Yesterday, the Matthew25 Network had a conference call with reporters to unveil their plans for the general election. The group is composed of believers who are Democrats and who are “inspired by the Gospel mandate to put our faith into action to care for our neighbor.” The group is the brainchild of Mara Vanderslice, who held the thankless job of religious outreach director for the religiously challenged Kerry campaign in 2004, but whose talents at organizing religiously motivated voters has gained the attention of leading Democrats since Kerry’s loss. Vanderslice is one of the leading progressive evangelicals in the country. She is smart, plugged in, savvy. And, as we learned on the call, this year she has a half million dollar budget to spend on ads promoting Barack Obama to religiously motivated voters.
Vanderslice will be placing the ads mostly on Christian radio. This is a very intelligent way to use limited resources. The market is self-selected and the message can be directly tailored to it. The Matthew25 Network will focus on key swing states, especially Ohio, Michigan and Colorado, but they will also run ads in Pennsylvania, Virginia, Missouri and North Carolina. Vanderslice said the group has also placed print ads in the National Catholic Reporter, although that might be preaching to the liberal choir.
Usually, Democrats do not advertise on Christian radio because they worry that increasing turnout among evangelicals is likely to result in more GOP voters. But, that was a self-fulfilling prophecy. So long as Democrats declined to make their case to evangelicals and other religiously motivated voters, James Dobson of the conservative group Focus on the Family, the Rev. Pat Robertson, and their ilk had the radio waves to themselves.
When the Matthew25 Network ran its first radio ad Dobson’s organization responded with a fusillade. Dobson called the ad “highly seductive” which he did not mean as a compliment. He and his co-host spent several minutes discussing the ad and hurling accusations of dishonesty at Obama. There was little in the way of Christian charity in the exchange.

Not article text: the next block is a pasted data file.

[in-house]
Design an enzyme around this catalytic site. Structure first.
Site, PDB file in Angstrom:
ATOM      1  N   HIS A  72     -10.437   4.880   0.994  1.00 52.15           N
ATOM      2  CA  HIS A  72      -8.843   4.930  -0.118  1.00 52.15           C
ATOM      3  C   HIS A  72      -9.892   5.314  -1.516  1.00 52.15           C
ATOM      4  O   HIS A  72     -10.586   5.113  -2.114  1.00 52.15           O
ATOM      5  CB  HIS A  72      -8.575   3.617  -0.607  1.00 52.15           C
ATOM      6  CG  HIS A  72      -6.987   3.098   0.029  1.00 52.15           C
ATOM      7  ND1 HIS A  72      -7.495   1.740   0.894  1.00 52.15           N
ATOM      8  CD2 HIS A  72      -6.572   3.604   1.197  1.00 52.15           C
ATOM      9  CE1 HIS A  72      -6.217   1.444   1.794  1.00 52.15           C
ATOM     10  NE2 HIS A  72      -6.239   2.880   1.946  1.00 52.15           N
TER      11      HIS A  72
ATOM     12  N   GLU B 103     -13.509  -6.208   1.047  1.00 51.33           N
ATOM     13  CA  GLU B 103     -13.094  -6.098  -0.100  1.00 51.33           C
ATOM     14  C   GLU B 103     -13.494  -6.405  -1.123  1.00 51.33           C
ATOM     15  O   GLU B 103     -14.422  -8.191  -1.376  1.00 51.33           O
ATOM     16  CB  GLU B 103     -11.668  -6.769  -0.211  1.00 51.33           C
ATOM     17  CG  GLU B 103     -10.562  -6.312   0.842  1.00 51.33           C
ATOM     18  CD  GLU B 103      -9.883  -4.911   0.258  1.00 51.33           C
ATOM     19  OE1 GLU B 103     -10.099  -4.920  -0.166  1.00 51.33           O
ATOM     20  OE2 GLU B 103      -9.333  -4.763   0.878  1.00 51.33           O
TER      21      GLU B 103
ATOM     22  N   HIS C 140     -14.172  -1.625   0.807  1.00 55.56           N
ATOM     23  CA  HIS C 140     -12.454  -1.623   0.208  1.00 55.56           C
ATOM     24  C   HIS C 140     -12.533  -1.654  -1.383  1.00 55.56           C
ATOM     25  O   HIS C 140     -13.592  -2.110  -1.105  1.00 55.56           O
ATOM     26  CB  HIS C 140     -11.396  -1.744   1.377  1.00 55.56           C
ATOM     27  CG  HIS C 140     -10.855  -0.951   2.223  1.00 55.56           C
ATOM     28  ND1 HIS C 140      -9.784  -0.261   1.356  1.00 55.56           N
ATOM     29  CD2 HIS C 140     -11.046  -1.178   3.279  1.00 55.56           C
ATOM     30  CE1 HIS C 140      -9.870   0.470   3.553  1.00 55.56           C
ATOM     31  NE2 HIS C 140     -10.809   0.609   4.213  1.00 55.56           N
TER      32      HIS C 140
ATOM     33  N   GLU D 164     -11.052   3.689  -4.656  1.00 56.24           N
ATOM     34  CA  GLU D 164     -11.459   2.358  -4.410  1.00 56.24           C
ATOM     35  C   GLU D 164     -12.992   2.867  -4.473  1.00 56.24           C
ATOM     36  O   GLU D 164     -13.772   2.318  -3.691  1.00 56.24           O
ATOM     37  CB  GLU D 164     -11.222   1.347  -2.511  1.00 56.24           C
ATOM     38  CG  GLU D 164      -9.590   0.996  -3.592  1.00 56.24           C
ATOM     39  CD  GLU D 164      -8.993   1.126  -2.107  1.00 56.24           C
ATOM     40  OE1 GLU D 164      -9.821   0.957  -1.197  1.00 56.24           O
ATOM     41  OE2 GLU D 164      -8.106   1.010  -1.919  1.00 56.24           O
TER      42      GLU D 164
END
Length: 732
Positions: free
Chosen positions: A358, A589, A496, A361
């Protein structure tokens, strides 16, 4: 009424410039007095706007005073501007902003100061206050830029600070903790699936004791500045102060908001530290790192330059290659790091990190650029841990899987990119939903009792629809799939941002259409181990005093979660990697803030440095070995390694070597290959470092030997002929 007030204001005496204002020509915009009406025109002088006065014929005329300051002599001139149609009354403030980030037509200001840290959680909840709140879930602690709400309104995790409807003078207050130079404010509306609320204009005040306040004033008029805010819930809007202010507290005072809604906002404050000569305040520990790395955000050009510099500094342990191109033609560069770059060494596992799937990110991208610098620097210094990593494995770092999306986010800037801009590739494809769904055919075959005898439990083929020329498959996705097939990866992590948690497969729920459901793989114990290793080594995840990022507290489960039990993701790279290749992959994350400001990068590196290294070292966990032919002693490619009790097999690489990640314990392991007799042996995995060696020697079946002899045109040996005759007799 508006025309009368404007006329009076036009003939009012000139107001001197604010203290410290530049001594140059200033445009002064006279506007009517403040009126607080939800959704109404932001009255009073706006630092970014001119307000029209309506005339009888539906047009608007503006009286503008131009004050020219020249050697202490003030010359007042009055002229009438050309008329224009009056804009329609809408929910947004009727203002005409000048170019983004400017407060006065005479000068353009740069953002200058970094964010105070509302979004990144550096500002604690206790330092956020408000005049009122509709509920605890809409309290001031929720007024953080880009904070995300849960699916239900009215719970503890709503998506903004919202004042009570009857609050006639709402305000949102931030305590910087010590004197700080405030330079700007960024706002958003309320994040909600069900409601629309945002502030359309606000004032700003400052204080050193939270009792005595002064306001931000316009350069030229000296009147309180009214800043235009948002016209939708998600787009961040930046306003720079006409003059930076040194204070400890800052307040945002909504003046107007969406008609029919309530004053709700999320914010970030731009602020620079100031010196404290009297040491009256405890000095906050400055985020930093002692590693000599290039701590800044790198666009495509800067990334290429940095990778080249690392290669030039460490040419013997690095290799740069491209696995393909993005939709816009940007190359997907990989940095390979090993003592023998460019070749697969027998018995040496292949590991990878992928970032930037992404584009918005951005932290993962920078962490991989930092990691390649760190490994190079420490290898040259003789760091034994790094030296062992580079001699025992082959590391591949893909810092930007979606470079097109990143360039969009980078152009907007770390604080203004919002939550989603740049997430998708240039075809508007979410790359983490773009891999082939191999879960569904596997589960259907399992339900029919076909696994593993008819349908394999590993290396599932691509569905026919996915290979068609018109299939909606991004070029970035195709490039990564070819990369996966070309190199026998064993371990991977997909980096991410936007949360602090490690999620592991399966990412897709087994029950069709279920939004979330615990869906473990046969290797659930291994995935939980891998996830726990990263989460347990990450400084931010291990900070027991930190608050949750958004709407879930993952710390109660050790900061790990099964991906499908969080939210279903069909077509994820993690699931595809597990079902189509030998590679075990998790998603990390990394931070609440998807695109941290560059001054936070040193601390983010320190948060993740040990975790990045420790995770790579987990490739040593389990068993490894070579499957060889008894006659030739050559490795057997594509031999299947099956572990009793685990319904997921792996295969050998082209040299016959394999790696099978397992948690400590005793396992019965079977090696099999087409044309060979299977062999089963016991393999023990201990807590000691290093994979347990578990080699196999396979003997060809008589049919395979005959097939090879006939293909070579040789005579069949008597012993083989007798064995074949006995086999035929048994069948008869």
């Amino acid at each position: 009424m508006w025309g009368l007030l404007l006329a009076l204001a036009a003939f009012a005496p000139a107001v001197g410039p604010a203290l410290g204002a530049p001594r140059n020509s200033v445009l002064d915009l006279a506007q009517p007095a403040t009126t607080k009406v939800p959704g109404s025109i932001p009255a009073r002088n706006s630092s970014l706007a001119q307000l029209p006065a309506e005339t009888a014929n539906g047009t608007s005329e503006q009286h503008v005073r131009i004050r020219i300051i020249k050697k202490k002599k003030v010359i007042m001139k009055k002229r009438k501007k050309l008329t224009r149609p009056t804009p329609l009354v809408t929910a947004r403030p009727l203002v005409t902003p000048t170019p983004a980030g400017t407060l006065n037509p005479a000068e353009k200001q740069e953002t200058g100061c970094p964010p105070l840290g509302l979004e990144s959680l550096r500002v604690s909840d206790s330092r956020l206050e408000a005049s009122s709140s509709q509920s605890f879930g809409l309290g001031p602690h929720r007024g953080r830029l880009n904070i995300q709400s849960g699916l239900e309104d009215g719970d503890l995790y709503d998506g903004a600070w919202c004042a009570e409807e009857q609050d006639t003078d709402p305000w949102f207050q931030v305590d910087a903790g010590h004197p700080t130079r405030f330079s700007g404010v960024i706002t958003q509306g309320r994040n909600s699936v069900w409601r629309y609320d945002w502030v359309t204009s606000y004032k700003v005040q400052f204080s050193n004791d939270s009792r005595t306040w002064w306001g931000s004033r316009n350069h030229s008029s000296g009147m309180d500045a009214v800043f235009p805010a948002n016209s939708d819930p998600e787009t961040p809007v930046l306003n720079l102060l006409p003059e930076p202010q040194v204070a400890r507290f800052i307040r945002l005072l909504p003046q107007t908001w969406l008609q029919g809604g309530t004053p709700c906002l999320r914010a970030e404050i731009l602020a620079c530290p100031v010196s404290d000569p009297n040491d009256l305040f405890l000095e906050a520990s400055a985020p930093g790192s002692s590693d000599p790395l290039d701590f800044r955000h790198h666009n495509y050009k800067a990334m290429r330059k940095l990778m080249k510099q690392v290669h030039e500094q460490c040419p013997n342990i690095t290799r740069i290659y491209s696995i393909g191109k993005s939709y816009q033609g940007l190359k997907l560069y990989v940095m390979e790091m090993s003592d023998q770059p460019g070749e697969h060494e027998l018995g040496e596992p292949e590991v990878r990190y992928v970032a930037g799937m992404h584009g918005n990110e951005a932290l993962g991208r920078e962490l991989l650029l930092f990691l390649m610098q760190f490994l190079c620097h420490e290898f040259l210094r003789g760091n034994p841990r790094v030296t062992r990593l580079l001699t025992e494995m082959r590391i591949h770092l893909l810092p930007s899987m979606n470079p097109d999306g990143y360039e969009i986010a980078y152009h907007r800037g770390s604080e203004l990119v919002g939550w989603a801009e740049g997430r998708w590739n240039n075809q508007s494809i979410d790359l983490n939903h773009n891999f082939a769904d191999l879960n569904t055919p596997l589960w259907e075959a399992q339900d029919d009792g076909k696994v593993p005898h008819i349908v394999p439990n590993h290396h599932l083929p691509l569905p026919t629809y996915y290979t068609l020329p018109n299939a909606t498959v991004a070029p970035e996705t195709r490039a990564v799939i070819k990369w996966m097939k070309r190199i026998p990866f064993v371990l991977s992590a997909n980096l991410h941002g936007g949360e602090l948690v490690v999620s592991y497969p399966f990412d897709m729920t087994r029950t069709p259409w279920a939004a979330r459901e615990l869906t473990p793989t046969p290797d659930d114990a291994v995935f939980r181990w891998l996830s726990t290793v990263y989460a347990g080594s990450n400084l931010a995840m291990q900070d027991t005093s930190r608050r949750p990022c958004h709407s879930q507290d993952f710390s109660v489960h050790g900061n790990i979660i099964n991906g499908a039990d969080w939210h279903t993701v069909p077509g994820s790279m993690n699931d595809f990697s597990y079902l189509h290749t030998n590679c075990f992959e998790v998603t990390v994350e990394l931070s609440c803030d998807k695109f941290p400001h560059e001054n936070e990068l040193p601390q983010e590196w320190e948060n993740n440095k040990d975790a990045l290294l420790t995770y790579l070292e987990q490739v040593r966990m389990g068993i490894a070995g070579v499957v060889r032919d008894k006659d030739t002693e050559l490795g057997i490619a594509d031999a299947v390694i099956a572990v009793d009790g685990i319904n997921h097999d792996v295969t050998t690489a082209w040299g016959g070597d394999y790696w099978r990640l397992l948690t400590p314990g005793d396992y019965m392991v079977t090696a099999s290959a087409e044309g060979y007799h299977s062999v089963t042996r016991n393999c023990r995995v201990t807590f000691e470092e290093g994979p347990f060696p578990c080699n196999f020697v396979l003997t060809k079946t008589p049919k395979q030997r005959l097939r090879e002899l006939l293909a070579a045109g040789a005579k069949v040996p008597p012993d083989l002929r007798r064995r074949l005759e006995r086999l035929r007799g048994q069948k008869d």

The Matthew25 Network also intend to run ads on Spanish-language radio stations, and the Rev. Wilfredo DeJesus, from the National Hispanic Christian Leadership Conference, spoke movingly on yesterday’s about why Hispanics are beginning to turn to Obama. Rev. DeJesus is heavily involved in efforts to assist those undocumented workers recently rounded up in an immigration raid in Iowa. It is often forgotten that a significant minority of evangelicals are Hispanics.
Also on the conference call was Sharon Daly, who worked at the Bishops’ Conference for years and was one of the vice-presidents of Catholic Charities. Daly noted that she had never gotten involved in partisan politics before but that this year she felt she could not stand on the sidelines. She noted her discontent with the Bush administration but also the affinity she felt for Obama. One wonders how many there are like her, people who have not gotten overly engaged in politics until now. Daly and DeJesus both said they hoped Obama would move their way on abortion, but that he was committed to reducing the number of abortions. This posture will not satisfy some in the right-to-life movement, but others see it as the best approach to such a divisive issue.
Matthew25.org is new evidence that the Democratic Party is not longer going to let itself be cast as the party of irreligion. The group’s message, calling for a politics that reflects the whole spectrum of values yielded by the Gospels and not just a few hot-button issues, confirms another trend in politics this year, an insistence that religion be reasonable and thoughtful when it enters the public square. And, the fact that the effort is led by young people highlights a third trend in 2008: Younger evangelicals are not content to follow the path marked out by their elders. They are asking new questions and discovering different answers.
Michael Sean Winters